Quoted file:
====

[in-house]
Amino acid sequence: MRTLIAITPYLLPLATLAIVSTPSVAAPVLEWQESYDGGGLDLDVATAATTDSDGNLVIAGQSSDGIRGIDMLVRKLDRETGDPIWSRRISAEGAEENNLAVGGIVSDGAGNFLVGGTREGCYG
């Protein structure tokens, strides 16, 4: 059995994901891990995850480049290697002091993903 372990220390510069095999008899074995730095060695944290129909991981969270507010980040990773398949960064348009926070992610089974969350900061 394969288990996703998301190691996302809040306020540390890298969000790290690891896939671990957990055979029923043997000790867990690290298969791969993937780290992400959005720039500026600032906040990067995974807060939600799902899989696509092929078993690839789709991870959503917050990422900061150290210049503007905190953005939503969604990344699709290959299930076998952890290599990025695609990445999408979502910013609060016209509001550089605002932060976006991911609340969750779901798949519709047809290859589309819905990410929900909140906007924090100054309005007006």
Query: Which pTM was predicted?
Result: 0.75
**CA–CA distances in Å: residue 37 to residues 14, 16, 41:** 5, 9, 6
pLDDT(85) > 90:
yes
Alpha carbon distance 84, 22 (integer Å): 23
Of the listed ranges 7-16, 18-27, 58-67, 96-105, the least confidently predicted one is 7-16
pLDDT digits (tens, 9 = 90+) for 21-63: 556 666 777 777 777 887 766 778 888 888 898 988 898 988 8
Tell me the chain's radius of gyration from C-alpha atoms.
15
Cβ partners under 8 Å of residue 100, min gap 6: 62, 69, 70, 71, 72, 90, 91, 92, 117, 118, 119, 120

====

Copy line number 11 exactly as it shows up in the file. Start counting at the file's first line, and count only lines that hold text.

pLDDT digits (tens, 9 = 90+) for 21-63: 556 666 777 777 777 887 766 778 888 888 898 988 898 988 8